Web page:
In 1913, the state of Pennsylvania, under Gov. John K. Tener, hosted a soldiers' reunion at Gettysburg to commemorate the 50th anniversary of the battle.
A great effort was made to contact veterans from both the Union and Confederate forces and invite them, at no cost to themselves, to attend the reunion. Gov. Tener encouraged other states to arrange rail transportation for their veterans to attend, and veterans from 47 of the 48 states were present for the historic gathering.
Among them was John Bullington of Fayette County, who was a color bearer with the 38th Virginia Infantry attached to Armistead’s Brigade of Pickett’s Division.
It was Corp. Bullington who ran at the head of the charge with Armistead, and he, too, fell near the place where Gen. Armistead was killed. The colors were shot from his hands while in the advance, and were not retaken that day.
Injured, John Bullington made his way toward the main body of Lee’s army, and was furloughed to recover from his wounds. Six months later, he was back with his regiment and carried the battle flag at Malvern Hill, where he was again wounded.
In 1910, Bullington recalled the events of Pickett’s Charge for the local history book, "Historical Encyclopedia of Illinois and History of Fayette County." His remarkable memory brought the events to life, and the stories he recalled coincided with the regimental history of the 38th Virginia Infantry.
Three years after he sat down with the editor and told of his part in this pivotal battle, he traveled to Gettysburg, one of 53,407 veterans, both North and South, to attend.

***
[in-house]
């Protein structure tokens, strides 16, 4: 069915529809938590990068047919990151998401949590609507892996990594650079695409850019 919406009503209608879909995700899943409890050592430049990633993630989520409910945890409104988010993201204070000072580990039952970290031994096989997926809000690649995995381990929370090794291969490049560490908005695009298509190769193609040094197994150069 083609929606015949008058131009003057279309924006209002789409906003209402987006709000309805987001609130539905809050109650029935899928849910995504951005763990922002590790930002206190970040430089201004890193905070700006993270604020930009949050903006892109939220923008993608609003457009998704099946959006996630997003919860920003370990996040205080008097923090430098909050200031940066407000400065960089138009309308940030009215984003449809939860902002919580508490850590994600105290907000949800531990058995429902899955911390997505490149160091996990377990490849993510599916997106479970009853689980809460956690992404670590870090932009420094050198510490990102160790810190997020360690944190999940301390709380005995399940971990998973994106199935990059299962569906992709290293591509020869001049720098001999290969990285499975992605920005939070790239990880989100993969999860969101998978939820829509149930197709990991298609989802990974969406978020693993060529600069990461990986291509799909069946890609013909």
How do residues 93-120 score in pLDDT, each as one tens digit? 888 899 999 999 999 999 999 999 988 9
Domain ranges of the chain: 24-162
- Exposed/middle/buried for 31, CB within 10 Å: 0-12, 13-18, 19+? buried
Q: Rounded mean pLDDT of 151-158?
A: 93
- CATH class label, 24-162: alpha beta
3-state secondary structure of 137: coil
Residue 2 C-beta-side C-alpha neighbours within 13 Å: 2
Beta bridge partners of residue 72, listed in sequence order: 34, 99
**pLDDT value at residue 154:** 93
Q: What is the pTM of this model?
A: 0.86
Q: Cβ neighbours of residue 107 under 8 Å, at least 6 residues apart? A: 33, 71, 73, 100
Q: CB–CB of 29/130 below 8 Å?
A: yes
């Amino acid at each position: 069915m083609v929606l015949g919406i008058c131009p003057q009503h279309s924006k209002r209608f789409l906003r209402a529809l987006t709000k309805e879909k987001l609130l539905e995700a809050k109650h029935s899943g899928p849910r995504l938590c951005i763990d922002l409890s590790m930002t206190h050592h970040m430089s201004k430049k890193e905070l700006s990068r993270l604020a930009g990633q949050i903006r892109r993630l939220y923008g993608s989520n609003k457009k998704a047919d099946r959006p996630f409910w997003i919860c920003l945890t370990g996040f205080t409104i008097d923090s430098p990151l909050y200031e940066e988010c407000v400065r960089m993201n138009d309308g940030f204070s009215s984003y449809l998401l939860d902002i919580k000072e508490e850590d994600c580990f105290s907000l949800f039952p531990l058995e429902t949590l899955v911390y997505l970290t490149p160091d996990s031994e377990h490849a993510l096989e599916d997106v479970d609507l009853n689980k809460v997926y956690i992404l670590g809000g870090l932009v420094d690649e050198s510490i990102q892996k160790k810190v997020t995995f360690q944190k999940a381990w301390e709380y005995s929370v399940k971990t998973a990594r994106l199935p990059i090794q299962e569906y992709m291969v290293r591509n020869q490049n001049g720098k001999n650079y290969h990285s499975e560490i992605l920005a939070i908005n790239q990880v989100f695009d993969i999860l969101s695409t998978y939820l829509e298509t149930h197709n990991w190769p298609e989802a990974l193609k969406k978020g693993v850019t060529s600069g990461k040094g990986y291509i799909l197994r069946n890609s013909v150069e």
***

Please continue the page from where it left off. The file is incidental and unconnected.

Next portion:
Termed the largest of all veterans' reunions, the gathering began June 29 and ran through July 6, 1913.
The encampment for the veterans was set up on 280 acres. Each man was assigned to a cot in a tent sleeping eight men, with the tents arranged according to state. More than 5,000 tents were set up for the great camp, and created nearly 48 miles of avenues and company streets.
Hot meals, prepared by 2,170 cooks, were provided from 173 field kitchens. On site were also members of the U.S. Army, with 124 officers and 1,342 enlisted men to make sure things ran smoothly.
The youngest veteran to attend was 61 years old, and the oldest was 112 years young. The United States and Confederate flags flew side by side during the reunion, where 50 years before they had been on opposite sides in the field of battle.
A highlight of the reunion was the Confederate veterans walk on the path of Gen. George Pickett’s charge that was greeted, this time, by a handshake from the Union veterans.
Each of the veterans was presented with a mess kit containing a fork, knife, small and large spoon, tin cup and two plates as a souvenir.
Shortly after his return from the reunion, Bullington was interviewed by the editor of The Vandalia Union. A short article, titled, “A Confederate Hero” was published in the July 10, 1913, edition, and in it the former soldier shared some of his thoughts.
He told that the flag he was carrying on the fateful day of Pickett’s Charge was captured by Federal troops, and was restored to the Virginia regiment from which it was captured under the famous order by President Cleveland. When returned, it was found to be literally riddled with bullets.
He told the writer that he rejoined his unit six months after the Gettysburg battle, and was engaged in the battle at Malvern Hill. There he was shot in the upper leg, the ball lodging under the skin on the inside of his thigh. He cut it out with his pocket knife and kept it, prizing it very highly as a souvenir of the greatest war in all history.
Bullington enlisted under Fitzhugh Lee, and was afterwards transferred to Robert E. Lee’s command, participating in more than 30 battles. He was with Lee at the surrender in Appomattox.
When they weren’t participating in planned public exercises at the reunion, veterans spent their time in Gettysburg reminiscing with friends and getting to know former foes. The picture accompanying this story was taken of John while he shook hands with a veteran from a Pennsylvania unit.